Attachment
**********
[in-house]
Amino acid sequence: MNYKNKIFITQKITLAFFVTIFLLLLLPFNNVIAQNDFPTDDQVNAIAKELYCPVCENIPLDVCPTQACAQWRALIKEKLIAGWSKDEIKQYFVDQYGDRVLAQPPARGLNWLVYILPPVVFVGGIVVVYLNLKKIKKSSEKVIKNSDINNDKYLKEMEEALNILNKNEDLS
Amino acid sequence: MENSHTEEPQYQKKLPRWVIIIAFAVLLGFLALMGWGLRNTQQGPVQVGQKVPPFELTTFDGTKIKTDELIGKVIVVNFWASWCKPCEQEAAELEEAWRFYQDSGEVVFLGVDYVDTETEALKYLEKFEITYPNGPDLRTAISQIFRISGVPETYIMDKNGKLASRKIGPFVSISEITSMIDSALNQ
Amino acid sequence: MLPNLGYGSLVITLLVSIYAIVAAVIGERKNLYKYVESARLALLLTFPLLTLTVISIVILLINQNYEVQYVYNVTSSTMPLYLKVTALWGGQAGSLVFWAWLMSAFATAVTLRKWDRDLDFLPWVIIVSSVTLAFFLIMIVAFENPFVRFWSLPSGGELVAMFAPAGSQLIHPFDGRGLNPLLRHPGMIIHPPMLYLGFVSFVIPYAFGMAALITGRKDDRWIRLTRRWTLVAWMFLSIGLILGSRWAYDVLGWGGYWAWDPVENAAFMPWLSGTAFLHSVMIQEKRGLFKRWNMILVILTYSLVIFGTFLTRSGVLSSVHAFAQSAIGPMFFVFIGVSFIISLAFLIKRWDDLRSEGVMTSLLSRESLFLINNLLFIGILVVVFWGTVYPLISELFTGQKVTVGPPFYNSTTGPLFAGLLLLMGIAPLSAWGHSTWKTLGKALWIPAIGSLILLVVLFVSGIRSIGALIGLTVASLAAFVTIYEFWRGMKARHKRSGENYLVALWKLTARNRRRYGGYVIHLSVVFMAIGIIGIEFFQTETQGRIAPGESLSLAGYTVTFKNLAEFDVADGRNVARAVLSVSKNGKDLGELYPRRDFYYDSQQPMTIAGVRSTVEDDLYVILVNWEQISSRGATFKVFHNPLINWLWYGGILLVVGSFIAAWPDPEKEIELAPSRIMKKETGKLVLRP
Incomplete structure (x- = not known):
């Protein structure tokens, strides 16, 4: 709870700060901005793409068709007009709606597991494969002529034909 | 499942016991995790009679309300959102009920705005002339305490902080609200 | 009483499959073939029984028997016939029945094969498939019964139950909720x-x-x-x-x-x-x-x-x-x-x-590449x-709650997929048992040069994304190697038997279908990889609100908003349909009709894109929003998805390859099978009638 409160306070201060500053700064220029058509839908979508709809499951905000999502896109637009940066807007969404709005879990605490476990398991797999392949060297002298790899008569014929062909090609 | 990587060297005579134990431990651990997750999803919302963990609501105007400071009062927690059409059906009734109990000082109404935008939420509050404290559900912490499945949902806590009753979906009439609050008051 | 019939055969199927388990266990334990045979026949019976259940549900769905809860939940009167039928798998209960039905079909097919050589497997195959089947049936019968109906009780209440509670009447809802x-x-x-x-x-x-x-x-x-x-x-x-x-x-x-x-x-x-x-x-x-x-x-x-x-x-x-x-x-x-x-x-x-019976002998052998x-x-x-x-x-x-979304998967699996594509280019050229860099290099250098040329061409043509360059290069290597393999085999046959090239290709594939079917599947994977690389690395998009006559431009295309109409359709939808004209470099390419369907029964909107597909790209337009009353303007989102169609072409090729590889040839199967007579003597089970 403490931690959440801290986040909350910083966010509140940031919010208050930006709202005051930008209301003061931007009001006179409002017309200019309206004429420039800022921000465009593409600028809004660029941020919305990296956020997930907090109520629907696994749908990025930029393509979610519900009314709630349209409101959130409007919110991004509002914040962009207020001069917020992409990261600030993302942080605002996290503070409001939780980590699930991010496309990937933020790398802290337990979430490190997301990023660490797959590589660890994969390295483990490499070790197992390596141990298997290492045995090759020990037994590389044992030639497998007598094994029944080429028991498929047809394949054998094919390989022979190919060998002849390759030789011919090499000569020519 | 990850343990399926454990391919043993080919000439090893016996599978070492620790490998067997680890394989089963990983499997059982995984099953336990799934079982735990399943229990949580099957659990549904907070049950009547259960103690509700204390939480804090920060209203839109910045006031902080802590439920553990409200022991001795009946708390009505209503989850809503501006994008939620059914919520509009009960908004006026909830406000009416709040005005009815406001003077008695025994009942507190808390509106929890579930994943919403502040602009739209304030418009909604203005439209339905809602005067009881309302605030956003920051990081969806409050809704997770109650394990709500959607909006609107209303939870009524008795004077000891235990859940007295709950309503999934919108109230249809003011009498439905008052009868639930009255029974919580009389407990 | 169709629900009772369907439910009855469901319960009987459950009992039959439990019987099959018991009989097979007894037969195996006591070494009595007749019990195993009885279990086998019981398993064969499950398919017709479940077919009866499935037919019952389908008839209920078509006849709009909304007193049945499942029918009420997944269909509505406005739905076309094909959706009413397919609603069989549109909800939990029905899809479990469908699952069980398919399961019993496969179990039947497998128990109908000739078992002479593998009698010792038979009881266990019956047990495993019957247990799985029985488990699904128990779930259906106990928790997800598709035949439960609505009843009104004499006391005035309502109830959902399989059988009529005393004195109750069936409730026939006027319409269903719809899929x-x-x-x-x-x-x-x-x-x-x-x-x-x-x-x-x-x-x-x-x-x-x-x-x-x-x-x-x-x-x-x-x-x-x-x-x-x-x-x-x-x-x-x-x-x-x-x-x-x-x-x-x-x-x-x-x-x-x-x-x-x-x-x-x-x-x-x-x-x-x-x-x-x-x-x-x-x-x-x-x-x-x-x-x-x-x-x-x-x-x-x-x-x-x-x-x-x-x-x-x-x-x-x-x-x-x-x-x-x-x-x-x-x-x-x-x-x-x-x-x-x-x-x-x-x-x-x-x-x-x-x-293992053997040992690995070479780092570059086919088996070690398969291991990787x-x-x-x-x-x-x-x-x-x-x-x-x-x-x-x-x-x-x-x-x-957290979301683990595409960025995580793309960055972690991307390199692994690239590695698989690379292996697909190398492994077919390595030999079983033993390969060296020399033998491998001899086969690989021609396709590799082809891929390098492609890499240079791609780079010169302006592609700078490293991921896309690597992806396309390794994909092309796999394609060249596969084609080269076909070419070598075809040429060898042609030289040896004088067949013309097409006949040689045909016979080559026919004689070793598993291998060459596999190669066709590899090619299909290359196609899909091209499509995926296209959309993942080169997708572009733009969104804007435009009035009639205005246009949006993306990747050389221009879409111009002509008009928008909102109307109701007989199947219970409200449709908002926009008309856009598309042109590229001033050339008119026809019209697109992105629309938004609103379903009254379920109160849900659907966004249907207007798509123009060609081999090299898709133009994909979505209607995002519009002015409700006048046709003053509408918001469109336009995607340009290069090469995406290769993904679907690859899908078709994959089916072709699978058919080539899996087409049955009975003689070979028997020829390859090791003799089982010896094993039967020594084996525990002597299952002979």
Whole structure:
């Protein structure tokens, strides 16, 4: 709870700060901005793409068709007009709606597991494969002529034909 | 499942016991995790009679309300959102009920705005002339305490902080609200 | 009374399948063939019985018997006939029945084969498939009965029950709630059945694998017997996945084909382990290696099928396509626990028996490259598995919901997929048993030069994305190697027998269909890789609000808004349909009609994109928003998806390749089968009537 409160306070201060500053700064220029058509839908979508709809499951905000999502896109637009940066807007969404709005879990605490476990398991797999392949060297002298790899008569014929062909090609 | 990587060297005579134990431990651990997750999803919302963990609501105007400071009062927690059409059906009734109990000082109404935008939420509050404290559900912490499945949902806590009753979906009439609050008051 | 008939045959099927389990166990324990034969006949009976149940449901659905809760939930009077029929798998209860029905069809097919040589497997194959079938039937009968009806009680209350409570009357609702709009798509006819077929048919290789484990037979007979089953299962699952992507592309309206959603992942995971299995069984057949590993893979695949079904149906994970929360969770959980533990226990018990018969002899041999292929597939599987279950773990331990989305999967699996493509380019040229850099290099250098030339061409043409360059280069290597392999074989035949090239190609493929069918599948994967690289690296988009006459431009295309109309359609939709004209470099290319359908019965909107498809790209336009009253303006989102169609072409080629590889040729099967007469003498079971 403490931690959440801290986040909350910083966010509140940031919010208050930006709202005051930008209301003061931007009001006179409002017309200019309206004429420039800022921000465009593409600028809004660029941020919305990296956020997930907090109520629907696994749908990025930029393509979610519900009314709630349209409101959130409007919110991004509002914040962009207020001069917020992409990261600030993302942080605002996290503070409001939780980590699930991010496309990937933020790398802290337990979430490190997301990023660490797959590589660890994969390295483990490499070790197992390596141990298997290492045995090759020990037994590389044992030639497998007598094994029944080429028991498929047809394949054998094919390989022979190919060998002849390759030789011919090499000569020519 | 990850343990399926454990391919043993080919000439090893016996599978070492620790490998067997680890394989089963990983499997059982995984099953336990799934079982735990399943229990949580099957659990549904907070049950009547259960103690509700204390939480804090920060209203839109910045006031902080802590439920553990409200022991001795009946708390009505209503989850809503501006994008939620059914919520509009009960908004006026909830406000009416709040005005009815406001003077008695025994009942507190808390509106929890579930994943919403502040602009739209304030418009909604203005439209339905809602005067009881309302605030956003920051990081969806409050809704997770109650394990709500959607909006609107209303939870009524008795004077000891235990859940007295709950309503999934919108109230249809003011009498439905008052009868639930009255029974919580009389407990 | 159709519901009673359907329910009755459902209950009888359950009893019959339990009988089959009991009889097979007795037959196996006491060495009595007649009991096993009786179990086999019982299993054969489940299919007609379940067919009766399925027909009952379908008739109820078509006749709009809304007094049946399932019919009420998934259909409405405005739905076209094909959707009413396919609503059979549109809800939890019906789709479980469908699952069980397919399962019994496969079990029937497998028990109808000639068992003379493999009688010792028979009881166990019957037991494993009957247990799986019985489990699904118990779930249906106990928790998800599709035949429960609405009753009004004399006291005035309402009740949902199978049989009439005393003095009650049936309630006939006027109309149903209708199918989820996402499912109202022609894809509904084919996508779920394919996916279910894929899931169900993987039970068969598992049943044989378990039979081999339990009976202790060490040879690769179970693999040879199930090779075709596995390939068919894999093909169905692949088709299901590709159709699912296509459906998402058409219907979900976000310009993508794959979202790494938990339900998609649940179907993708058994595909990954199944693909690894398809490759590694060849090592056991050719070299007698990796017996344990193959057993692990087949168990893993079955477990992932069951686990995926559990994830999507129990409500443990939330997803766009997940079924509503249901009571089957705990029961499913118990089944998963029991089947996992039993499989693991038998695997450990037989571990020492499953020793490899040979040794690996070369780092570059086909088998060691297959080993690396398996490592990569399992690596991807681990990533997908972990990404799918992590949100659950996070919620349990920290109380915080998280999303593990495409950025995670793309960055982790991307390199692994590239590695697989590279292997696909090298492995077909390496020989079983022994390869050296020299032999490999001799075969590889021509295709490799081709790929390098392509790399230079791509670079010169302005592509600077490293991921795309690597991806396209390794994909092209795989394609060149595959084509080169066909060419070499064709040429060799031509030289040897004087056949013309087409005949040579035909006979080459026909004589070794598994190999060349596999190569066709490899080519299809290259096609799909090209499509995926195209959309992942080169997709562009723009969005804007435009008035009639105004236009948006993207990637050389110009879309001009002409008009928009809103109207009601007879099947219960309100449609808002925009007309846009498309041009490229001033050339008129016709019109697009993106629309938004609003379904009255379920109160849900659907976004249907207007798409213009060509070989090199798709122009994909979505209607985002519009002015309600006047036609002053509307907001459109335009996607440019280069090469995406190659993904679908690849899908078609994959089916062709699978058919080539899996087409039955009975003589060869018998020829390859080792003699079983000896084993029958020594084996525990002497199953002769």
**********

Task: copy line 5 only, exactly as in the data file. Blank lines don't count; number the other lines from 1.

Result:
Incomplete structure (x- = not known):